Shhh: No cheering or chanting at Japan’s torch relay. But clapping allowed.

Authorities rejected the proposal to train pharmacists to carry out the simple procedure.

“There is an extreme aversion to risks,” Yaegashi said. “If there is a risk, we tend to avoid it, whereas in fact we should compare the risk to the benefit, and then decide what to do.”

There was also a lack of vision, experts said, and a failure to develop a Japanese coronavirus vaccine despite having one of the world’s largest pharmaceutical industries.

Public opposition toward holding the Games appears to have softened in recent weeks, as the pandemic’s grip has lessened and the pace of vaccinations has picked up.

Yet doctors and medical associations have called repeatedly for the Olympics to be postponed or canceled.

The government’s most senior medical adviser, Shigeru Omi, joined the chorus this month, arguing that it was “abnormal” to hold the Games during a pandemic, an extraordinary intervention from a man who tends to defend government policy in public.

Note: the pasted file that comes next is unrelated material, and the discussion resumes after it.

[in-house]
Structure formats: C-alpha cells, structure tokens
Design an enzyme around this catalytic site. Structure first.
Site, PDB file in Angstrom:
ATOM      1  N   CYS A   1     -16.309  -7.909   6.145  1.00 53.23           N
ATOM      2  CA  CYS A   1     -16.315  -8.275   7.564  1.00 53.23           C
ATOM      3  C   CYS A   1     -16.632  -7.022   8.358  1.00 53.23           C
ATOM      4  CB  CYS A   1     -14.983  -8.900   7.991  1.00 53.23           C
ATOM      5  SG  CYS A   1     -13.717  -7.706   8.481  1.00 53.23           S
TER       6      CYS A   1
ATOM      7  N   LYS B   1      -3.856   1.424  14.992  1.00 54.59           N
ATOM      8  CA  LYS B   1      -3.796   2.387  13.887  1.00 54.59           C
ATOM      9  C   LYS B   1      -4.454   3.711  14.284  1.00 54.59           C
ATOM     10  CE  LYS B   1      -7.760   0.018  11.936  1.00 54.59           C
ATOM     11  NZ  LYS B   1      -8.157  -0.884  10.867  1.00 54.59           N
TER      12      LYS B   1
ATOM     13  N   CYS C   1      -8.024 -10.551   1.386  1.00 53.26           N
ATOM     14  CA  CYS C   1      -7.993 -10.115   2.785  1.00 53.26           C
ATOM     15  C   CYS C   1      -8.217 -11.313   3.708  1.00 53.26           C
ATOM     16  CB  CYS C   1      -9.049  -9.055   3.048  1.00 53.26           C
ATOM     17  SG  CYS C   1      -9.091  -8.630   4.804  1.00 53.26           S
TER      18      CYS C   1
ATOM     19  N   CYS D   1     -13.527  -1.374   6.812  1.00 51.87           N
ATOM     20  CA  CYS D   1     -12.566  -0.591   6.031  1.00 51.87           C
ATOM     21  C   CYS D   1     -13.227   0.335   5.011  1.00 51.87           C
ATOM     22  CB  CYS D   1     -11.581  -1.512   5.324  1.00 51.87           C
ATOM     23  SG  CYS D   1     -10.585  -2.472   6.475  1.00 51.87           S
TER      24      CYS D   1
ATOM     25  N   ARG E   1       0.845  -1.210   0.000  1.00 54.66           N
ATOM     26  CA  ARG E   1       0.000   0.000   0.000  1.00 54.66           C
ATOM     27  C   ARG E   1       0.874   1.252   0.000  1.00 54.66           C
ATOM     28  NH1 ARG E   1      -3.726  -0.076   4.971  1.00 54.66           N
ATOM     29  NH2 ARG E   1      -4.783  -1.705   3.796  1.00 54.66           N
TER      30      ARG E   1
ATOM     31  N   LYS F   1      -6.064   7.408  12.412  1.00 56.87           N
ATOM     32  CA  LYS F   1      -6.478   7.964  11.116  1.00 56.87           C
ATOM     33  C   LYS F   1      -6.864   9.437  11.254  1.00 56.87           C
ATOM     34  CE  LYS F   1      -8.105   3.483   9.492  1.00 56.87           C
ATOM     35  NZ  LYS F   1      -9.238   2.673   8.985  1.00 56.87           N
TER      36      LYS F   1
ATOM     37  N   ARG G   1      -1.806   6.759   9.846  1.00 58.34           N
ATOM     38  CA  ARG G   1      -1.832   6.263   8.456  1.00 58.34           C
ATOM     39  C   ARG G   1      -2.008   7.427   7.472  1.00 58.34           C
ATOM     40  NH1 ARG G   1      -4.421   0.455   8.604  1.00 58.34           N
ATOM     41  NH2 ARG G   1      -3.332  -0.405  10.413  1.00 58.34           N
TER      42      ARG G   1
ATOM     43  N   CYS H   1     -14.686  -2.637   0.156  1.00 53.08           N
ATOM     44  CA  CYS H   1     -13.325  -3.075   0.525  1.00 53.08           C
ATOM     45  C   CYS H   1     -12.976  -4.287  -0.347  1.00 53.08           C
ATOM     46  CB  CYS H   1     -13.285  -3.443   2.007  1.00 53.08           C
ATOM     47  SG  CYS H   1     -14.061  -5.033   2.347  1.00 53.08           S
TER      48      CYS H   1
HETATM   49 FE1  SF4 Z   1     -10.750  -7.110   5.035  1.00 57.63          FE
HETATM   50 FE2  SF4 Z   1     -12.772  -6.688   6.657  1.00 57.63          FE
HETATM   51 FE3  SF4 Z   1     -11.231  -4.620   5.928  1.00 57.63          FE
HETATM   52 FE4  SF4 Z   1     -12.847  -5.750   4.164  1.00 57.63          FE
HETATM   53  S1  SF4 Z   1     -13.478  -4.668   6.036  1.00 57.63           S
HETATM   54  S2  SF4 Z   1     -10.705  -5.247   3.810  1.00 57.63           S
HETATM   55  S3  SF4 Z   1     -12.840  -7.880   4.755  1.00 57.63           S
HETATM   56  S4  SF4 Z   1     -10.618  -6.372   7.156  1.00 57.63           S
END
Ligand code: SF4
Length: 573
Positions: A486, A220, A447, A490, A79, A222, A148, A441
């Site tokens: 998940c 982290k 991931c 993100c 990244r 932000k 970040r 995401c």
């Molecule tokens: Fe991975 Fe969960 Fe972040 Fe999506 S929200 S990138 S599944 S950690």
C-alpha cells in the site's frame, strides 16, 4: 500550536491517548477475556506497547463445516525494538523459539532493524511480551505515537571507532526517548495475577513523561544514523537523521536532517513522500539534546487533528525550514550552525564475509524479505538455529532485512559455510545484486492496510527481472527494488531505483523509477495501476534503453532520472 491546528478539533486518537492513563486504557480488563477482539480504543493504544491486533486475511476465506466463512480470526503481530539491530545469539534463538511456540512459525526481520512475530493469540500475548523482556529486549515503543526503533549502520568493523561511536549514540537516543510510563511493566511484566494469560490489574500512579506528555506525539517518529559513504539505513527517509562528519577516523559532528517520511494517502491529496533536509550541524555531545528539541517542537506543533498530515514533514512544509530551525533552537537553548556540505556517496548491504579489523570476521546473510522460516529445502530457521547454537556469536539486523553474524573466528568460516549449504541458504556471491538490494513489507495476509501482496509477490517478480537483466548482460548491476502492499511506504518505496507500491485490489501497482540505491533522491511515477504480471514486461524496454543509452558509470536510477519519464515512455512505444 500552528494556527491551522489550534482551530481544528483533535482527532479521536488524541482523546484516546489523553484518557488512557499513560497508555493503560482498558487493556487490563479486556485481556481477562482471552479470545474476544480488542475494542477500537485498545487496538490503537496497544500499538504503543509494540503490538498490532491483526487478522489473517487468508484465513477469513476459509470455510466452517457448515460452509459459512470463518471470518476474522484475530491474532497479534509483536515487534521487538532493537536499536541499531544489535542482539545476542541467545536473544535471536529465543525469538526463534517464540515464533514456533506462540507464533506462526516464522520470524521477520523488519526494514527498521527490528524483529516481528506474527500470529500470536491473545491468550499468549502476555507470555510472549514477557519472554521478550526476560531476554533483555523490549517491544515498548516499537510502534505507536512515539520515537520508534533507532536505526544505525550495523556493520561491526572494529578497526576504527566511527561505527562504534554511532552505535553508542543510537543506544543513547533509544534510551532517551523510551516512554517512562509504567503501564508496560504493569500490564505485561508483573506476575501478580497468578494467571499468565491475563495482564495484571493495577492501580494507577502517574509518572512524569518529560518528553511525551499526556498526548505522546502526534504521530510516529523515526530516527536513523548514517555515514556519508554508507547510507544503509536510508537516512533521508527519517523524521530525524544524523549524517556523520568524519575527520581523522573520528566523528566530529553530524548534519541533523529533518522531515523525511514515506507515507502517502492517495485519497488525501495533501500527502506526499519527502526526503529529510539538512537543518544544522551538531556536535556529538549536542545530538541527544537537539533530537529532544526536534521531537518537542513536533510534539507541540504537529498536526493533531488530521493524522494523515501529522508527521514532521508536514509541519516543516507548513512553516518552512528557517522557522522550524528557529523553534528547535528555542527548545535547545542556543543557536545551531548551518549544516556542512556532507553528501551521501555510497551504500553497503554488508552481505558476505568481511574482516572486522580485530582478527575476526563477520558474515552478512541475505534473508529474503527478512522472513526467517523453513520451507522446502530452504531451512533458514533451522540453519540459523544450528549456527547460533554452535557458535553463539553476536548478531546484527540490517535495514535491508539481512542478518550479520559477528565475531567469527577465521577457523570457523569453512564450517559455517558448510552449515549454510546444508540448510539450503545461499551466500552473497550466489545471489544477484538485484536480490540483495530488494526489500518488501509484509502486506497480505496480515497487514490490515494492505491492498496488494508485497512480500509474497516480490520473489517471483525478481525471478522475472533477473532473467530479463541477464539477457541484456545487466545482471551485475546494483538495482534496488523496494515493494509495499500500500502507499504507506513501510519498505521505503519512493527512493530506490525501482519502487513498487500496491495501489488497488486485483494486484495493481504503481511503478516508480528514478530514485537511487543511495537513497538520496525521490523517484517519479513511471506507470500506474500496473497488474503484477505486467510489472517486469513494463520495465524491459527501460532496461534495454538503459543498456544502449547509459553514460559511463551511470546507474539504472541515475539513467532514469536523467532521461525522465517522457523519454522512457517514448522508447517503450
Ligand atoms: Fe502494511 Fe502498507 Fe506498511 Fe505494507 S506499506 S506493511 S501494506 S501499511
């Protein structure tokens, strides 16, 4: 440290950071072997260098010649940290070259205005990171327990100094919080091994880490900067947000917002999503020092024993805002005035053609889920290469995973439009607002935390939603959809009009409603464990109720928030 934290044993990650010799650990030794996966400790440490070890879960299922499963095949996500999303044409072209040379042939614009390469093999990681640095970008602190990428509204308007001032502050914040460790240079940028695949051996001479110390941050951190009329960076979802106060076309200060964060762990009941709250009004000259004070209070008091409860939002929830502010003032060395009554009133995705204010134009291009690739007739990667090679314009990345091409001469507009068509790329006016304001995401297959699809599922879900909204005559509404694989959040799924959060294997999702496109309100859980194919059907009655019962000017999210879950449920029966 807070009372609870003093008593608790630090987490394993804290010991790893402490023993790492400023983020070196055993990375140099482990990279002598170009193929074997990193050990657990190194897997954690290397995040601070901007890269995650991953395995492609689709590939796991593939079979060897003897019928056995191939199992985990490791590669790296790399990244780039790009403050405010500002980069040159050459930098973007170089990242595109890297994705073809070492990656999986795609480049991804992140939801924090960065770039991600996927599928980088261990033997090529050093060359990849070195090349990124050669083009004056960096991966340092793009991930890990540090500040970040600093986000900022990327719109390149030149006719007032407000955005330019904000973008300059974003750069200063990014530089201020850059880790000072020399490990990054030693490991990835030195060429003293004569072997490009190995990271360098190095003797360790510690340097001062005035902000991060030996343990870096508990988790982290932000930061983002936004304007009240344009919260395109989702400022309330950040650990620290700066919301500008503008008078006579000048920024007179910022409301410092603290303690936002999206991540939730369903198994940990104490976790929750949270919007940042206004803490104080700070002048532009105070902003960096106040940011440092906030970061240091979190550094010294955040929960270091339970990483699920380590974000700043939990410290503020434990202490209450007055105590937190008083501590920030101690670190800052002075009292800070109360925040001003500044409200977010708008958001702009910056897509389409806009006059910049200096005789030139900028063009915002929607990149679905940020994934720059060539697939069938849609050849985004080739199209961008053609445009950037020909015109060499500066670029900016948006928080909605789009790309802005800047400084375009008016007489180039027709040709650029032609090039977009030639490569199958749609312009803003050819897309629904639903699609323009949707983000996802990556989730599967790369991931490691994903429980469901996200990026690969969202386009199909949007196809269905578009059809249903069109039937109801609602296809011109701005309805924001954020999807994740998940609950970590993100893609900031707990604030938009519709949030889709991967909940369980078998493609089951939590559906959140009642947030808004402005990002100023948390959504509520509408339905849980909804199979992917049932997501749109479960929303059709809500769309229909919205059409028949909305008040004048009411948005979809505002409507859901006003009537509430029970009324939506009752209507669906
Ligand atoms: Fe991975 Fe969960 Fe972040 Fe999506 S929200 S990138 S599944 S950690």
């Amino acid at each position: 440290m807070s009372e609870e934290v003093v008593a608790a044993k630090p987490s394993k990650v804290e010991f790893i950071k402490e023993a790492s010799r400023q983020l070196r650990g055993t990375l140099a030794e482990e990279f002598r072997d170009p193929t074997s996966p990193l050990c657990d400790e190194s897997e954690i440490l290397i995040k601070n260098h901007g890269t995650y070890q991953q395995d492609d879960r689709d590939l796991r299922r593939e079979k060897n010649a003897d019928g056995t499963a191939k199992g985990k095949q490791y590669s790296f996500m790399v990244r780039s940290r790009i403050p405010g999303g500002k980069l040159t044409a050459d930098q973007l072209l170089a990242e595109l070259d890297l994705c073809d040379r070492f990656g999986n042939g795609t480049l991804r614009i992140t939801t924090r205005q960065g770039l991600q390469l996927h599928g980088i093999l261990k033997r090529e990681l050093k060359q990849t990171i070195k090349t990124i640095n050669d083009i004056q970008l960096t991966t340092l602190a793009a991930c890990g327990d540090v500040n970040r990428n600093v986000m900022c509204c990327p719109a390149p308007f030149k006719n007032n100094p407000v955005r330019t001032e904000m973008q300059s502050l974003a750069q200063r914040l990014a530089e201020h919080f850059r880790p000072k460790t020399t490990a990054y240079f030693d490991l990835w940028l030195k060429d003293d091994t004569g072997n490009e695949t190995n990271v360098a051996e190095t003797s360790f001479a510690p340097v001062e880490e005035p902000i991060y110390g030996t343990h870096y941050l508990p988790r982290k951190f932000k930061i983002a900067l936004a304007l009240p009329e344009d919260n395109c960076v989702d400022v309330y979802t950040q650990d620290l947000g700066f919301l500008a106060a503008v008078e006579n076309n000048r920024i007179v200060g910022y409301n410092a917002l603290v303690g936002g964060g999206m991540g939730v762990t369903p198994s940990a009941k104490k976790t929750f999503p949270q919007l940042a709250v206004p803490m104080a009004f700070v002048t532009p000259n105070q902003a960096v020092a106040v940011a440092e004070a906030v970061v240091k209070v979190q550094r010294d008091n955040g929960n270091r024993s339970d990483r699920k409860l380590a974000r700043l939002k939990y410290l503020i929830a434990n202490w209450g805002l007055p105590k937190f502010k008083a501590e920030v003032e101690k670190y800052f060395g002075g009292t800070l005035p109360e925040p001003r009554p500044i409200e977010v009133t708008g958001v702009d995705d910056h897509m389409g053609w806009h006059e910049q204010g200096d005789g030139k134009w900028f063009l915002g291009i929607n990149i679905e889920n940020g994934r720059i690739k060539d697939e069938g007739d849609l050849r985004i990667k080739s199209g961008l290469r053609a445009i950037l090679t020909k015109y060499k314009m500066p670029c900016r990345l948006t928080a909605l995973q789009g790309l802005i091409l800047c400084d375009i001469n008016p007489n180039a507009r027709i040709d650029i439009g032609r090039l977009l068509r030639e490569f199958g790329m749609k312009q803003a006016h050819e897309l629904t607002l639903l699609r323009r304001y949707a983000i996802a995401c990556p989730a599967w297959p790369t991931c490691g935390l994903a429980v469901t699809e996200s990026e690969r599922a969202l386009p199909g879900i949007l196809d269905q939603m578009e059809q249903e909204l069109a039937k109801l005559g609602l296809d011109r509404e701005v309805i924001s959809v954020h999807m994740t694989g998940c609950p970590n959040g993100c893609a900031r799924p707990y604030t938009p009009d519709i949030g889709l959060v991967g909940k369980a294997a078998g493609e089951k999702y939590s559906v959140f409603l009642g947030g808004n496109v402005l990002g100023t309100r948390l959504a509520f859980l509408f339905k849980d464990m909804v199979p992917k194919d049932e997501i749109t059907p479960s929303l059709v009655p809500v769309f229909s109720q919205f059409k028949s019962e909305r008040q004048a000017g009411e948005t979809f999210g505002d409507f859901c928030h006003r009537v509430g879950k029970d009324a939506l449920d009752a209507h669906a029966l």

“To keep arguing the Games is safe does not mean anything,” Hitoshi Oshitani, a virology professor who has also played a leading role in the government’s covid response, said in an interview.

“We have to do a proper risk assessment,” he said, echoing a call made in the New England Journal of Medicine. “They should have started this process a year ago.”

Already, at least 10,000 out of the 80,000 Olympic volunteers have pulled out, with organizers finally promising this past week to look into obtaining vaccines for those who stay.

Sponsors have given up on receiving any returns on their investment, says Robert Maes, a sports marketing expert in Tokyo.

Kaori Yamaguchi, an executive board member of the Japanese Olympic Committee, said it was “truly a shame” the government’s vaccination effort did not begin two months earlier, arguing that Japan had been “cornered” into going ahead with the Games despite widespread misgivings.

“What will these Olympics be for and for whom? The games have already lost meaning and are being held just for the sake of them,” she wrote in an op-ed for Kyodo News. “If we push on like this, even if the Olympics stir our emotions we will be left with a bitter aftertaste.”

Julia Mio Inuma contributed to this report.